In This Article Expand or collapse the "in this article" section Globe Theatre

  • Introduction
  • General Overviews
  • Origins
  • Playing Companies

British and Irish Literature Globe Theatre
Michael Hattaway
  • LAST REVIEWED: 15 June 2017
  • LAST MODIFIED: 22 February 2018
  • DOI: 10.1093/obo/9780199846719-0086


The Globe was a purpose-built playhouse, erected for a new company of players, the Lord Chamberlain’s Men, which William Shakespeare had joined as a “sharer” (shareholder) in 1594. Before that he had worked as an actor and playwright with other groups, notably Strange’s Men, based at the Rose, owned and managed by Philip Henslowe. At first the Chamberlain’s Men had worked at the playhouse in Shoreditch that was called the Theatre, and at the nearby Curtain from 1597. Late in 1598 the Theatre was demolished and its timbers were transported south of the river to Southwark, to be used in a new playhouse, the Globe, which opened in 1599. In 1613 the Globe was destroyed by fire, which started during a performance of Shakespeare and John Fletcher’s Henry VIII. A new playhouse, the “second Globe,” was immediately constructed on the foundations of the first. The theater was closed, along with all other playhouses, in 1642. A replica of the second Globe, now named “Shakespeare’s Globe,” was built on the south bank of the Thames, a couple of hundred meters from the original site, and opened in 1997. That site now includes the Sam Wanamaker Playhouse, a theater designed to resemble an early-17th-century indoor or “private” playhouse.

General Overviews

The three magisterial surveys and analyses of evidence regarding early British playhouses, Greg 1931, Chambers 1923, and Bentley 1941–1968 (the latter two of which cover documentary evidence pertaining to the earlier and later halves of Shakespeare’s career), have been complemented by recent work that not only examines material evidence of playhouse construction but also offers fresh accounts of conventions for theatrical representation. These three studies are revised and supplemented in Wickham, et al. 2000 and in Stern 2009, and by detailed accounts of the playhouses and composition of playing companies (see Gurr 2009). Kinney 2003 and Dutton 2011 offer convenient and succinct handbooks, and the ongoing Records of Early English Drama gathers records from all over the country that enable the tours of the London playing companies to be plotted—along with much else beside.

  • Bentley, Gerald Eades. The Jacobean and Caroline Stage. 7 vols. Oxford: Clarendon, 1941–1968.

    A standard reference book (modeled on Chambers 1923), and a magisterial analysis of material concerning dramatic companies, playhouses and the plays presented in them, and their authors.

  • Chambers, E. K. The Elizabethan Stage. 4 vols. Oxford: Clarendon, 1923.

    A standard account of court performances, struggles to control the stage, playing companies, players, playhouses, staging, printing of plays, and playwrights. Many of Chambers’s findings have been revised, but the synthesis he provided remains invaluable.

  • Dutton, Richard, ed. The Oxford Handbook of Early Modern Theatre. Oxford: Oxford University Press, 2011.

    DOI: 10.1093/oxfordhb/9780199697861.001.0001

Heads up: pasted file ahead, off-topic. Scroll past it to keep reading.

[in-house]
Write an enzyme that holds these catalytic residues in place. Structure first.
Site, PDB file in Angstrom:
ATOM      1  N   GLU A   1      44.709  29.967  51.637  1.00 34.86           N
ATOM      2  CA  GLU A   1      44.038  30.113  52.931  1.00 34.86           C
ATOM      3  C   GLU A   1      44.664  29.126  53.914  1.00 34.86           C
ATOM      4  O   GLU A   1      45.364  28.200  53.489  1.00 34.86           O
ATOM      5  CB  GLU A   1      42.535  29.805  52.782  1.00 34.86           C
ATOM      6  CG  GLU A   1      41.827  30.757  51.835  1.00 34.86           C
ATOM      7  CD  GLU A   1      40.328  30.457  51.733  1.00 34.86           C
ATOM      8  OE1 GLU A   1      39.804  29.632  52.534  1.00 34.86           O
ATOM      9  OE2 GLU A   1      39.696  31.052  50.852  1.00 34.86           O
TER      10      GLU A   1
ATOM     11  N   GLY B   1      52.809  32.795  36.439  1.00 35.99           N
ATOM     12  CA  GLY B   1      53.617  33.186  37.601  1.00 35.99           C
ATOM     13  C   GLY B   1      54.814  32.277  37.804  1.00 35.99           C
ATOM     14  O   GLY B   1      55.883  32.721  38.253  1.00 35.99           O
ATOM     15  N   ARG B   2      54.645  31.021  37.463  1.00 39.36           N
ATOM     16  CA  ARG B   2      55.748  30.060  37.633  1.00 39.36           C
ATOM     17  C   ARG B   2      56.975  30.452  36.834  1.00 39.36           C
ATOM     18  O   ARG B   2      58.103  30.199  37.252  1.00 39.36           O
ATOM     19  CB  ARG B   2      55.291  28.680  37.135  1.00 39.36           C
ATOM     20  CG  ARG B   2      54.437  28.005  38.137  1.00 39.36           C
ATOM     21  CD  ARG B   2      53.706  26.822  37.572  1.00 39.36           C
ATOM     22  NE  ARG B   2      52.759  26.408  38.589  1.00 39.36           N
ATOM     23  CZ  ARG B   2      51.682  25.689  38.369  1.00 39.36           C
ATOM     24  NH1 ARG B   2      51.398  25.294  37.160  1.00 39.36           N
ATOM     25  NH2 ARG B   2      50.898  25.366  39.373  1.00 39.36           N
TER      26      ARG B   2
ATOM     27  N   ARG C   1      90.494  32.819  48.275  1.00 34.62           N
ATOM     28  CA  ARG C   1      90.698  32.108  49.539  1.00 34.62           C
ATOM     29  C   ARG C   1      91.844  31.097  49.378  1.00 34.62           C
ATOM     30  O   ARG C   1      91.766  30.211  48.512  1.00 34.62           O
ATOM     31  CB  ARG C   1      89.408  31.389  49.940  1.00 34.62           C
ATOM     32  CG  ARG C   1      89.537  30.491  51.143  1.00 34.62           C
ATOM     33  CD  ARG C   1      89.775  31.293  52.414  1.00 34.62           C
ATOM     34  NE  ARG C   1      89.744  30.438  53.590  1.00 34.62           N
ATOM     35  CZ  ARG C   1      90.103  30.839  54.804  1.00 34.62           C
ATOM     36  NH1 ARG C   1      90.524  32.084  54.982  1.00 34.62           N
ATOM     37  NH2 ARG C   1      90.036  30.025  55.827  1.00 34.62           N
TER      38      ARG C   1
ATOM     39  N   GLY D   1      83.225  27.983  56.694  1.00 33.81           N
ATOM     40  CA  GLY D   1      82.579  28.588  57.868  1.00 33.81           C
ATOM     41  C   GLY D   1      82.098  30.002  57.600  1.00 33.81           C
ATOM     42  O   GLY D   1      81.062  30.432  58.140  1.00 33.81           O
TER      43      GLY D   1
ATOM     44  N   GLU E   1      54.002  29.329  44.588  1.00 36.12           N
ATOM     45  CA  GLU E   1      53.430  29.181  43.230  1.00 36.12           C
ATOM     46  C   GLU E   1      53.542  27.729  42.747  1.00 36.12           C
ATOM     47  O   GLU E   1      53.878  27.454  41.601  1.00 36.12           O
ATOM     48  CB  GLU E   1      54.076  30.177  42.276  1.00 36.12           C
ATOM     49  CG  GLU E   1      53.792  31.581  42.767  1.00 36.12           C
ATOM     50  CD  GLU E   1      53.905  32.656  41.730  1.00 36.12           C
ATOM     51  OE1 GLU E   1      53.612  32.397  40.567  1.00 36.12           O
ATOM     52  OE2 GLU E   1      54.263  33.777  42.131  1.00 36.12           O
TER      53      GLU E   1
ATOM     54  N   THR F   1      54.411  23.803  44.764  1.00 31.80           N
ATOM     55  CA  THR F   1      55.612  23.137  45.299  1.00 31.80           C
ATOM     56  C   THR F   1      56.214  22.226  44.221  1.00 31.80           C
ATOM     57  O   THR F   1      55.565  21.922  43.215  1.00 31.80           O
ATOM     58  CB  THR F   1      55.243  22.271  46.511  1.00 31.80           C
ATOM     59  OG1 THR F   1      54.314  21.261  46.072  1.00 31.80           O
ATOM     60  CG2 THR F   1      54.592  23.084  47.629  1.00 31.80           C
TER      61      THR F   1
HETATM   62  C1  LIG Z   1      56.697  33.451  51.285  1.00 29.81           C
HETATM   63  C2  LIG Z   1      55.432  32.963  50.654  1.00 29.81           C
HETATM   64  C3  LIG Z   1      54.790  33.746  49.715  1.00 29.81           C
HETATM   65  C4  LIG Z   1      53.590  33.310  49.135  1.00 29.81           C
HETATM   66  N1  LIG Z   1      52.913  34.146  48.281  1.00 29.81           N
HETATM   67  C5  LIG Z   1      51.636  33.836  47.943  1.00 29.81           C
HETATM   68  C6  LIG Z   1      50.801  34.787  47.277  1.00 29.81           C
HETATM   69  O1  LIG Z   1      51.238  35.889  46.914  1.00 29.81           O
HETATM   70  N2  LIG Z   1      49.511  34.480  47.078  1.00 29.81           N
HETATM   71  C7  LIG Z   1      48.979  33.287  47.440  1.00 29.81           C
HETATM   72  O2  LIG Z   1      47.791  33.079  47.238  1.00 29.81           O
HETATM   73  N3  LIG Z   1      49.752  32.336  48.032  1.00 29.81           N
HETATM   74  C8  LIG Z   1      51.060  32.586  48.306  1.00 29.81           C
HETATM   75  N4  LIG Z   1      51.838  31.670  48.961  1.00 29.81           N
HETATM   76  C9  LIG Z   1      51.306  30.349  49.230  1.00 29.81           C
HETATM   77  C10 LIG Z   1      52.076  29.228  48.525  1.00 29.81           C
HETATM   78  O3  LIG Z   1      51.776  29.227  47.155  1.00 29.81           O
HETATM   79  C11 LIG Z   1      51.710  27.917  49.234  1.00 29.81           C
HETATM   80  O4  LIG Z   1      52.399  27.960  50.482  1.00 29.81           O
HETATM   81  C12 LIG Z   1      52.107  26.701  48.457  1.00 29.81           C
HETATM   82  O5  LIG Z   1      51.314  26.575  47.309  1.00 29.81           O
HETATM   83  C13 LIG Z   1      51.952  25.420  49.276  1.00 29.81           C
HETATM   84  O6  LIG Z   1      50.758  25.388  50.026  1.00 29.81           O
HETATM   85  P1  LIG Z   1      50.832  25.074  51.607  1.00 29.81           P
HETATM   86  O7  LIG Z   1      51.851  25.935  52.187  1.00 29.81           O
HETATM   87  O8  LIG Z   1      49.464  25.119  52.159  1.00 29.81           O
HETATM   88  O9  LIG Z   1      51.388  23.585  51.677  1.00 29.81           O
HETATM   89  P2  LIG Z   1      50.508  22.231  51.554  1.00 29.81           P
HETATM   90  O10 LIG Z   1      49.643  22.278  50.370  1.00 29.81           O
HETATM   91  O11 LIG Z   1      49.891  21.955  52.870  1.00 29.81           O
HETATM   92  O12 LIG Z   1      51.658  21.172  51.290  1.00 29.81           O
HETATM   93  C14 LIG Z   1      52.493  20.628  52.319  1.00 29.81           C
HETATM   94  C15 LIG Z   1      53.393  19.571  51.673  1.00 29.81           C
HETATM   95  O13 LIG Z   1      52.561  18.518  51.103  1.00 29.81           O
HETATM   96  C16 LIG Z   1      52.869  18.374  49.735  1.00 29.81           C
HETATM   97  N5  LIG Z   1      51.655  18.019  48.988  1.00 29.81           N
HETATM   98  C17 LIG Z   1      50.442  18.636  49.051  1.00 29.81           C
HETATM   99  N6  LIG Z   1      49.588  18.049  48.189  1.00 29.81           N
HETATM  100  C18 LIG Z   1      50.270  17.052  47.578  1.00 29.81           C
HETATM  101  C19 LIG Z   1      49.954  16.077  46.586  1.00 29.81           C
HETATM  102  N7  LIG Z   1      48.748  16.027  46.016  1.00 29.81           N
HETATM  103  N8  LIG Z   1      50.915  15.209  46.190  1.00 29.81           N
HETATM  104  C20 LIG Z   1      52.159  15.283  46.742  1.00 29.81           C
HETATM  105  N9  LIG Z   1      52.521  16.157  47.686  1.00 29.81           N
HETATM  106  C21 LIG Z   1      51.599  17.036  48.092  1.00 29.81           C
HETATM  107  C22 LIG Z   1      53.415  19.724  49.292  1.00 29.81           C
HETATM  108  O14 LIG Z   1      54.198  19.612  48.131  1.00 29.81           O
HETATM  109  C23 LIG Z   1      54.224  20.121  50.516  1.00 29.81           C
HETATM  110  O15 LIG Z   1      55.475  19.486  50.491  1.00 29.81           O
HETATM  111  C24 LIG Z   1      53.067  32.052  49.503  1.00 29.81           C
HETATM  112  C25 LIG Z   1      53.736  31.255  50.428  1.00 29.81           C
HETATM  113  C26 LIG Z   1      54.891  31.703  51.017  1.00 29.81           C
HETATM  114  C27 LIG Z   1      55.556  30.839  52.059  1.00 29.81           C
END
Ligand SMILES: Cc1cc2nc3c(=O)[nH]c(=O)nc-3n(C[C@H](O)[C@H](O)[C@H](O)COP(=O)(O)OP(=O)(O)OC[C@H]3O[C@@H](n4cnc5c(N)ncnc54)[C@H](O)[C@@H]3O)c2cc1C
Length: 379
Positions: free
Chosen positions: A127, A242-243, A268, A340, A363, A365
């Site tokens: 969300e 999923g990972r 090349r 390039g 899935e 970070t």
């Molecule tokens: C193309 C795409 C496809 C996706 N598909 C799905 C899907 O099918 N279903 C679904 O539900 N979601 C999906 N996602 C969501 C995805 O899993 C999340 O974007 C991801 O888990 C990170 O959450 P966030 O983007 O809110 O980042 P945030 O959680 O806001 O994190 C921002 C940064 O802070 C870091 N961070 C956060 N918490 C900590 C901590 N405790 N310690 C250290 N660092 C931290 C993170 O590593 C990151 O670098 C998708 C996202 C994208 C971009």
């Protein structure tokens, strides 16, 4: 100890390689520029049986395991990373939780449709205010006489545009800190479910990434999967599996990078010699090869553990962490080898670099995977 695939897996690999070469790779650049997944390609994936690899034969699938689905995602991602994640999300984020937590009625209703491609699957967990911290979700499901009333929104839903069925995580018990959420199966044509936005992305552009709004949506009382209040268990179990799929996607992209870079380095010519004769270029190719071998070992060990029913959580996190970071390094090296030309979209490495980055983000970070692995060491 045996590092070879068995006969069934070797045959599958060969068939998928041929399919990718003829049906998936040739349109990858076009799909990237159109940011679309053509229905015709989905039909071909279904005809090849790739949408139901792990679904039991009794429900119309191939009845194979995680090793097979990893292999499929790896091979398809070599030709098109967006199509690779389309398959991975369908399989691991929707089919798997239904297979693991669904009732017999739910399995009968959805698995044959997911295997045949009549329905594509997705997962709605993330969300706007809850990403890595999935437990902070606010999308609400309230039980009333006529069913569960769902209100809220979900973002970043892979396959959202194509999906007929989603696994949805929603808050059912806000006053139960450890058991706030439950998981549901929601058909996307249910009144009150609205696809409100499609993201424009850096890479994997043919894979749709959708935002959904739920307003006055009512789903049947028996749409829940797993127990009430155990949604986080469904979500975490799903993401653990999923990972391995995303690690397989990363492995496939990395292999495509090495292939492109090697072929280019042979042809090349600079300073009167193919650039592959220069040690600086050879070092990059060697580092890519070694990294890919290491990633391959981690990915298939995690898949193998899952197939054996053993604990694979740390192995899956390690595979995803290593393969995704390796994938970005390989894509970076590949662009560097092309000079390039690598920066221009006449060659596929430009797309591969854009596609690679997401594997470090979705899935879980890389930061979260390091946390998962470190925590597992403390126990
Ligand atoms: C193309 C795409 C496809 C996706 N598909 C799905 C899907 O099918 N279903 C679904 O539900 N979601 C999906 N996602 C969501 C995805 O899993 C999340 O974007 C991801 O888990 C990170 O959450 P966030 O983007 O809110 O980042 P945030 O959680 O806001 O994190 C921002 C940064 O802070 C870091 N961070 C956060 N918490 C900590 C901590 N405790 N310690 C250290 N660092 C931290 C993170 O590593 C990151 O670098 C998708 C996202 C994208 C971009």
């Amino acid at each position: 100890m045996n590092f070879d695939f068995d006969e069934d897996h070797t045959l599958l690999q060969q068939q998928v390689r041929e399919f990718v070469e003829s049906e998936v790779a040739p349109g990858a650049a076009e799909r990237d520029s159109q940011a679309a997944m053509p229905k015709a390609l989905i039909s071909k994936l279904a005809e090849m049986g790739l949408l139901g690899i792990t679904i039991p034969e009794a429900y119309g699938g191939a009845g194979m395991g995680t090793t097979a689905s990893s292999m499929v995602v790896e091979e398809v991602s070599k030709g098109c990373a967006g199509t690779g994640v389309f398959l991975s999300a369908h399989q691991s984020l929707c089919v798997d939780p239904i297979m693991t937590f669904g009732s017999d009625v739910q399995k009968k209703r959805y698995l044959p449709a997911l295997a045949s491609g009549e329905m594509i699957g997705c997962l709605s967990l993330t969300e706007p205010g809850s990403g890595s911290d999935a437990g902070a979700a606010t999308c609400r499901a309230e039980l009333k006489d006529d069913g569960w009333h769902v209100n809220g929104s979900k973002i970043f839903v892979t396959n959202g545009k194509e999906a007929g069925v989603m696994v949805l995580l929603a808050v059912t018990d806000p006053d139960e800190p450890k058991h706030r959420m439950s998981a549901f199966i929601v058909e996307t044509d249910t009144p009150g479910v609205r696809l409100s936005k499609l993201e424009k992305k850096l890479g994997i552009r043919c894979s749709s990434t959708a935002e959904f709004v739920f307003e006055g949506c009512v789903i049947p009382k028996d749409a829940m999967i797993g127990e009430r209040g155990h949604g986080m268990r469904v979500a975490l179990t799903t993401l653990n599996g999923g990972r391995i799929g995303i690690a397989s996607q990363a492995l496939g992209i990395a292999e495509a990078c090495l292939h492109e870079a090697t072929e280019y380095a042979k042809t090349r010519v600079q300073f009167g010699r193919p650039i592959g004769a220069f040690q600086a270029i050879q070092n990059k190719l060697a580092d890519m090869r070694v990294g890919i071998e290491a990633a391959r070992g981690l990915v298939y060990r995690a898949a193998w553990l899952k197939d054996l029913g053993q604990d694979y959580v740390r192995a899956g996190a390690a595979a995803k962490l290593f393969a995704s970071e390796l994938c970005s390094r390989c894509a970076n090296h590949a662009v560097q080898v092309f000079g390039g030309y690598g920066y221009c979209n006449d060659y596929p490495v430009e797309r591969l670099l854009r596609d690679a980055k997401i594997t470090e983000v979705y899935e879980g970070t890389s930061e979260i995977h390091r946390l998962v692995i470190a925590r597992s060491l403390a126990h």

International scholars explore the plurality of playing spaces in Renaissance England, the fortunes of playing companies and those that supported them and the patrons who lent their names to them, the opposition of the city authorities, as well as playing styles and material components of the scene. They also review the theories that have shaped conclusions from such evidence as stage directions or visual records.

  • Greg, W. W. Dramatic Documents from the Elizabethan Playhouses: Stage Plots, Actors’ Parts Prompt Books. 2 vols. Oxford: Clarendon, 1931.

    Collotype facsimiles along with transcriptions and analyses of essential documents that cast light on performances and performance conditions in Shakespeare’s England until the closing of the playhouses.

  • Gurr, Andrew. The Shakespearean Stage: 1574–1642. 4th ed. Cambridge, UK: Cambridge University Press, 2009.

    A standard and concise account of the period’s companies, players, playhouses, staging conventions, and theater audiences. An appendix matches a good selection of plays to the companies that first performed them and to the playhouses where they were first performed, and there is a full bibliography.

  • Kinney, Arthur F. Shakespeare by Stages: An Historical Introduction. Oxford: Blackwell, 2003.

    DOI: 10.1002/9780470775813

    An introduction for students to the stages, players, and playgoers of Shakespeare’s London; to the theatrical equipment that was used; and to the reactions generated.

  • Records of Early English Drama. Toronto: University of Toronto Press, 1979–.

    An ongoing project that serves “to locate, transcribe, and edit historical surviving documentary evidence of drama, secular music, and other communal entertainment and ceremony from the Middle Ages until 1642, when the Puritans closed the London theatres.” Volumes of this multivolume series are devoted to counties or particular institutions such as London’s Inns of Court.

  • Stern, Tiffany. Documents of Performance in Early Modern England. Cambridge, UK: Cambridge University Press, 2009.

    DOI: 10.1017/CBO9780511635625

    A vital study of the processes of running a performance and the implications for the consideration of play-texts.

  • Wickham, Glynne, Herbert Berry, and William Ingram, eds. English Professional Theatre, 1530–1660. Cambridge, UK: Cambridge University Press, 2000.

    Gathers edited documents of control (1530–1660), accounts of players and playing, and then of all the London playhouses, including the first and second Globe.

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